# How to get rid of an unwanted function return value?

• 03-22-2004
RedZippo
How to get rid of an unwanted function return value?
Hello. The function square() in my program is returning a "0"
after each time it is called. I understand why it is doing it,
but I don't know how to tell it that I don't want it to do it.
For example this is what the output looks like:
x = 1, a = 3
Y is equal to 1.75
Y is equal to 1.73214
Y is equal to 1.73205
Y is equal to 1.73205
0
.... on and on, for each value of x and a that I have assigned.

What I don't want is that 0 at the bottom.

What the program does is it uses a divide and average
algorithm to find the square of a number.
I like what I have so far
but I am wondering if I used the wrong kind of loop for the problem at hand.
The reason I chose to do it this way is because
using the cout statements like I did is the way I
am most familiar with to get values to the program
without having to manually enter them.
And the only way I know how to do it that way is by using a function to assign the values to.
Essentially I have two questions:
1. Can that 0 be gotten rid of, or atleast put some
meaningful data in its place....

Code:

#include <iostream>
#include <cmath>

using namespace std;

double x;  // initial approximation
double a;  // number that I am looking for the square root of.
double g;  // x - a/x

const double errorAllow = 1.0e-5;  // this is the control number to stop the while loop.
double square(double x, double a); // function to do the actual number munching.

int main()
{

cout << square(1.0, 3.0) << "\n";  // give the program some numbers to play with
cout << square(10.0, 3.0) << "\n";  // However, this style has an unwanted behavior
cout << square(0.01, 3.0) << "\n";  // of displaying a zero after each loop is
cout << square(100.0, 3.0) << "\n"; // completed.
cout << square(1.0, 4.0) << "\n";
cout << square(2.0, 4.0) << "\n";
}

double square(double x, double a)
{
cout << "x = " << x << ", a = " << a << "\n"; // lets the user know what numbers are being used.
y = (x + a/x) / 2;  // init a value for x,y, and g for the while loop to work with.
x = y;
g = x - a/x;
if (g == 0)
cout << "x is a perfect square of a!\n";

while (g >= errorAllow)
{
x = y;
y = (x + a/x) / 2;
g = x - a/x;
cout << "Y is equal to " << y << "\n";
//return x,y;  // NOT BEING VERY USEFUL!
}
return 0;
}

/* this code was to manually enter in values for x and a
** for debugging, I moved it here to get it out of my way */

/*        cout << "Enter a value for x: " << x <<"\n";
cin >> x;
cout << "\nEnter a value for a: " << a <<;
cin >> a; */

• 03-22-2004
hk_mp5kpdw
Store the return value of the function in a variable. If the value is 0 don't output, otherwise output the variable.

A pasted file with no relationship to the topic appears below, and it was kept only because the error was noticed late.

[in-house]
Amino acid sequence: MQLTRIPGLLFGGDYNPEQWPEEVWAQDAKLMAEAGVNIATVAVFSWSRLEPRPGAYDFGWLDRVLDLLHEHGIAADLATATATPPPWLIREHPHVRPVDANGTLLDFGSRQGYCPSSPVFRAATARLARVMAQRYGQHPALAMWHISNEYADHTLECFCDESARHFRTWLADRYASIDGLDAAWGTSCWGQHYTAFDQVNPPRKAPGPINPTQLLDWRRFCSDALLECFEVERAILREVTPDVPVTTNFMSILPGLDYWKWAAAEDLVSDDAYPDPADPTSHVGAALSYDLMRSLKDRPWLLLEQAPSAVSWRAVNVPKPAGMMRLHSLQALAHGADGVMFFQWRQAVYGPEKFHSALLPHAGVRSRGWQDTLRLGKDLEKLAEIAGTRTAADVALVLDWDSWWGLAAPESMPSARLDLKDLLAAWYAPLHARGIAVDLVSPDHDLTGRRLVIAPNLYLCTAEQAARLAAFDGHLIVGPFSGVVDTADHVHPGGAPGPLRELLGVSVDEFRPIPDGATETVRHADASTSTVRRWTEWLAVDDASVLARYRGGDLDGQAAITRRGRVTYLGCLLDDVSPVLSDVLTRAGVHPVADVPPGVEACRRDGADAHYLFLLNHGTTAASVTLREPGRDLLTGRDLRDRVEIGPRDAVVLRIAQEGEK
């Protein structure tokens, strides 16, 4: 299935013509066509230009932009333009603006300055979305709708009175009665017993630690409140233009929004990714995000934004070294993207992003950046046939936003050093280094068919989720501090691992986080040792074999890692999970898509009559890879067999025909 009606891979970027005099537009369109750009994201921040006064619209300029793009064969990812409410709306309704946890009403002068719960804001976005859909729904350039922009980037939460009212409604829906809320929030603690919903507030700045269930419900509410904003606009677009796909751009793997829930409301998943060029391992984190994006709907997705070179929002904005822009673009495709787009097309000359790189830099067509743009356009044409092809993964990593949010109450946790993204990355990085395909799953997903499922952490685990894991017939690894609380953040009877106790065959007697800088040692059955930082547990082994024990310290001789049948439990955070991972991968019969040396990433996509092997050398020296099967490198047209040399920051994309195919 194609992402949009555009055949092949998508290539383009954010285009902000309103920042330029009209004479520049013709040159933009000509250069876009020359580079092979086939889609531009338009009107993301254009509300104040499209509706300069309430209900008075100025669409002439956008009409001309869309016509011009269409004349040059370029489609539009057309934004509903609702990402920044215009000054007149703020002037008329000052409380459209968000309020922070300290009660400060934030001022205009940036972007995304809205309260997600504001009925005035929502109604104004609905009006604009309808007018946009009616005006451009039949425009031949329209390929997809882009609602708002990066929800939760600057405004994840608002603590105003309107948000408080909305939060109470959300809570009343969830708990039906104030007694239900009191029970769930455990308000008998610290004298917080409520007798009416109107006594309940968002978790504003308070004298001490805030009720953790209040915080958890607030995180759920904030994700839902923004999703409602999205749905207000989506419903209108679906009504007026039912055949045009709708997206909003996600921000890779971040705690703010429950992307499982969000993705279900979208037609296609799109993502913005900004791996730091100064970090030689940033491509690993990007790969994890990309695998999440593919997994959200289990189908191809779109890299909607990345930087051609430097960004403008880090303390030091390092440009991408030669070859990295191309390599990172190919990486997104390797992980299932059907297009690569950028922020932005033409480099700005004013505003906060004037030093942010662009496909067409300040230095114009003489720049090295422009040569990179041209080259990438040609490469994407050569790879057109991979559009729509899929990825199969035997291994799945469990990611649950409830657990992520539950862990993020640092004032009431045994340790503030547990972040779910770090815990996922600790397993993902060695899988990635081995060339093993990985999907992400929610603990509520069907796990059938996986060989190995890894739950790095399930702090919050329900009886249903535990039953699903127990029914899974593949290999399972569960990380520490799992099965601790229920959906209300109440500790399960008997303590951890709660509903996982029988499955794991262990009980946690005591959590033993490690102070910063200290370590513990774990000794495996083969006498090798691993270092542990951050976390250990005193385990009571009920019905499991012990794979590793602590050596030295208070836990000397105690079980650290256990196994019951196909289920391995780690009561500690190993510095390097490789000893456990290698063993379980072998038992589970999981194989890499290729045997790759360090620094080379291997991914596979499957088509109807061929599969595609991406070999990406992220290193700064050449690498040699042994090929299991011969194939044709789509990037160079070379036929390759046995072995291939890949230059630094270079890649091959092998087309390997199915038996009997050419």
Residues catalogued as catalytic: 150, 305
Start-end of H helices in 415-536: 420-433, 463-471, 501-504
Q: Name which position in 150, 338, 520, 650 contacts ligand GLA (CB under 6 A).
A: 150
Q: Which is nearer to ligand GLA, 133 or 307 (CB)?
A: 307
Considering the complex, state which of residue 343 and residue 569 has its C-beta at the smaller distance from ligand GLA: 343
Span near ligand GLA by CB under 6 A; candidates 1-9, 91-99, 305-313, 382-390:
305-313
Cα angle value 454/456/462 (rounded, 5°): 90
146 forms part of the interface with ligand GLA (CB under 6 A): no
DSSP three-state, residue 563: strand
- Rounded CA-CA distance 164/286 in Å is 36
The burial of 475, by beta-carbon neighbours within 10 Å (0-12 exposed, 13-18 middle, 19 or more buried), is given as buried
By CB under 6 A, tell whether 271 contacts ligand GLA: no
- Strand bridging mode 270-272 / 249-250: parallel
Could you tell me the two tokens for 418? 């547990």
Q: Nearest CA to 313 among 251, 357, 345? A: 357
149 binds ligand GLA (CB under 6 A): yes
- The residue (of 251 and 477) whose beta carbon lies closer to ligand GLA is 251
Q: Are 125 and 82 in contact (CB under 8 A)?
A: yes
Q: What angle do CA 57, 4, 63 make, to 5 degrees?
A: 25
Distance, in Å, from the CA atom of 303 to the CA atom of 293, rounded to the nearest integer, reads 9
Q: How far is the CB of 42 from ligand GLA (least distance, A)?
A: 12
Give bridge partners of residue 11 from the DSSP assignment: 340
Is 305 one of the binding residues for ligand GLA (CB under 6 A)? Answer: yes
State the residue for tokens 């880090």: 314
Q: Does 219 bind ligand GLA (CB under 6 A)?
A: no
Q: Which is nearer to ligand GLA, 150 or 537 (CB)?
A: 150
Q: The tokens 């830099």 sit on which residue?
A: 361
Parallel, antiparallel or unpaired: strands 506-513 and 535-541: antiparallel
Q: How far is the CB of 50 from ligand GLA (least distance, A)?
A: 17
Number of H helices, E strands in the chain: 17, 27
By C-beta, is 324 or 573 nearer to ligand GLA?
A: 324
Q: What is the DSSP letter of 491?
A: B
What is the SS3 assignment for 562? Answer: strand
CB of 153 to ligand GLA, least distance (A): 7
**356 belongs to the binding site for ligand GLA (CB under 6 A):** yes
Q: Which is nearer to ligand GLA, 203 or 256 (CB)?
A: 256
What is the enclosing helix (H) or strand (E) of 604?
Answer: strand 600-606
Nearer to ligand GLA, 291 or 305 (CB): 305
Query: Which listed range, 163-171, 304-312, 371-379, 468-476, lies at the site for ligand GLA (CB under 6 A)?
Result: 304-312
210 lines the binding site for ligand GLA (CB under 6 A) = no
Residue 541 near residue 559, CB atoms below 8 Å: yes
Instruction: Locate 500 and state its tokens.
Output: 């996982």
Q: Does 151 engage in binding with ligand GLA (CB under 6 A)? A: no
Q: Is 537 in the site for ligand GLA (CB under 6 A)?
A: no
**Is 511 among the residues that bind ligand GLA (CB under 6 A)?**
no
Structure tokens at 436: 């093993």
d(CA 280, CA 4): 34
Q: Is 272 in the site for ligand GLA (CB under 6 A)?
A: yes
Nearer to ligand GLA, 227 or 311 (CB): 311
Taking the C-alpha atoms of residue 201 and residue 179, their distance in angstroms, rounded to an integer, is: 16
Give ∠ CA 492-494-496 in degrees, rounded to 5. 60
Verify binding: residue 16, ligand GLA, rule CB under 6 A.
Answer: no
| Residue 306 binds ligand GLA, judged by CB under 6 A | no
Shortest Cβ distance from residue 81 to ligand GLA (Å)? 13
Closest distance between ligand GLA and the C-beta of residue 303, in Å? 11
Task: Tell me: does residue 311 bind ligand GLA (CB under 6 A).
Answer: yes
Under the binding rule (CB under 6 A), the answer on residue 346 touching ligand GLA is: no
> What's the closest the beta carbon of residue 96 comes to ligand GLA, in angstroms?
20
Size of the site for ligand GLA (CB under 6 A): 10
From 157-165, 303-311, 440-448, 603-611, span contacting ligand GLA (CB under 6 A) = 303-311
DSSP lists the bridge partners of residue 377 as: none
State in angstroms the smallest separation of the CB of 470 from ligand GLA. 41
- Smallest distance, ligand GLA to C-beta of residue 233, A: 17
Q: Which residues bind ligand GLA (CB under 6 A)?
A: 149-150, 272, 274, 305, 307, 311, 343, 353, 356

Code:

double result;
...
if( (result = square(1.0,3.0)) != 0.0 ) cout << result << '\n';
if( (result = square(10.0,3.0)) != 0.0 ) cout << result << '\n';
...
...
etc. etc.

• 03-22-2004
Dave Evans
The value '0' is printed out by main(), upon return from square().

square() should return y, not 0!

No need to store it in a variable; your original works (after you fix the return statement in square()).

Dave
• 03-22-2004
DougDbug
Your square() function always returns zero!

This...
Code:

cout << square(1.0, 3.0) << "\n";
... Will print whatever square() returns. (zero)

I think you want to return y.

A function can only return ONE value. This wont work...
Code:

return x,y;
... You can use pointers or references (which you may not have learned yet) if you need to "affect" more than one variable.

And REALLY, you are computing a SQUARE ROOT, NOT A SQUARE!!!! (You can abbreviate it as "root", but not as square.) :p
The square of 2 is 4, the square root of 4 is 2... But I think you knew that. :)

[EDIT] -
... And I'm assuming that you want to "roll your own" algorithm. There is a sqrt() as well as pow() function in the [itex] header file.

Code:

#include [itex]

double sqrt( double num ); // returns square root.
double pow( double base, double exp );  // returns base to the exp power

You can also get a square root by raising a number to the one-half power:

x = pow(y, 0.5); // x = the square root of y
x = pow(y, 0.333); // x = (approximate) cube-root of y
x = pow(y, 0.25); // x = 4th root of y
• 03-22-2004
RedZippo
Thanks for the input. I fixed it up, using abit from each of you. I moved the "return y" statement to where the "return 0" statement was, and then added text to the cout's so that when the program executes it displays:
x = 1, a = 3
Y is equal to 1.75
Y is equal to 1.73214
Y is equal to 1.73205
Y is equal to 1.73205
The square root of 3 is: 1.73205

No more 0. Cool. Thanks.